retail news in context, analysis with attitude

Vox reports that "since at least last summer, Amazon has quietly been recruiting mom-and-pop shops in rural America to join an experimental delivery program. The company is paying participating small businesses a per-package fee to deliver Amazon orders within a 10-mile radius to their neighbors’ homes in states like Nebraska, Mississippi, and Alabama.

"The local businesses Amazon is recruiting range from florists to restaurants to IT shops, and none of them are required to have prior delivery experience — just a commitment to deliver Amazon packages seven days a week, around 360 days a year, and a physical location to receive parcels each morning … The new local business delivery beta test seems aimed at perhaps one day replacing its existing partners as Amazon’s sales grow and the Postal Service navigates its own financial and operational challenges. Amazon hopes the new program could help it take more control over customer deliveries in sparsely populated areas and improve the delivery speed to these customers’ doors. The company has already tried versions of the program in a few international markets, including India since 2015, but the testing in the United States is more recent."

KC's View:

I certainly understand why Amazon wants to do this, and even can understand why some of these businesses might decide to get in bed with a company that ordinarily might be seen as the competition.  It is a matter of risk-reward.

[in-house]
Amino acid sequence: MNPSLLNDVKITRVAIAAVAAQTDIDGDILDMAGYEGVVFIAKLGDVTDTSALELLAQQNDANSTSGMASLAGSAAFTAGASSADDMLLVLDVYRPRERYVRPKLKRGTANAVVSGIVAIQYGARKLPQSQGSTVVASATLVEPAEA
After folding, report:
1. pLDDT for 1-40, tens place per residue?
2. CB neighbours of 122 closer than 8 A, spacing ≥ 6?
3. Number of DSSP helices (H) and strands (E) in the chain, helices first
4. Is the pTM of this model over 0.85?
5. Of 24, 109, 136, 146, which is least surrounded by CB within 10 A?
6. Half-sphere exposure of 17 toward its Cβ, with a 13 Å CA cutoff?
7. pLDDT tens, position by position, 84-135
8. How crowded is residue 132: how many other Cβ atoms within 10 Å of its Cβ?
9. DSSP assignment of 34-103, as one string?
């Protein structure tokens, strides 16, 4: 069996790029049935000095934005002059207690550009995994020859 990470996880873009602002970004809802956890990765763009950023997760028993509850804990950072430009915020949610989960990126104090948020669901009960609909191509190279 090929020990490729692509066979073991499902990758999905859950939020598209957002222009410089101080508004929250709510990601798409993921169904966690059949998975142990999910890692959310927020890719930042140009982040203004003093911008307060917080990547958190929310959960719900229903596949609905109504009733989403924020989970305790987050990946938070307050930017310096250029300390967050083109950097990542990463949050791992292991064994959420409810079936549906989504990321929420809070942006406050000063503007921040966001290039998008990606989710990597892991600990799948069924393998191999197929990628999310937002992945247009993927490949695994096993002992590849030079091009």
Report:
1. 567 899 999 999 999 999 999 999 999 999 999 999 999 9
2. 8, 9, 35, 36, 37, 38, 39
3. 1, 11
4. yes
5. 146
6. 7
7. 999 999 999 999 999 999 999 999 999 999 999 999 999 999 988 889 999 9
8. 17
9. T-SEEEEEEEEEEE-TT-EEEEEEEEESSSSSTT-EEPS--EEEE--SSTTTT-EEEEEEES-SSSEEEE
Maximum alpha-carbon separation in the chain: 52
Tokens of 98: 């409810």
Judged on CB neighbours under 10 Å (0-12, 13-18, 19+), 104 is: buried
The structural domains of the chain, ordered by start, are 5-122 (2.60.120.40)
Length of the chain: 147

The question is whether the juice is worth the squeeze.  The story notes that "an Amazon webpage marketing the program says business owners can expect to make $1,500 to $2,000 a week if they deliver 600 to 800 packages weekly, which translates to about $2.50 a package.  One logistics expert thinks that this is about a buck less than he would've expected would be necessary to make the deal attractive to local businesses.

At the high end, this is about eight grand a month, or 96 grand a year … which is a lot of money.   I wonder, however, if even that kind of money is worth all the time-consuming effort (not to mention the cost of gas) to deliver, at the high end, 3,200 packages a month or more than 38,000 packages a year.  Plus, when you think about it, is it even possible to have that kind of volume - by definition, these are remote areas.

Bottom line - I suspect this program will be better for Amazon than for the businesses with which it makes deals.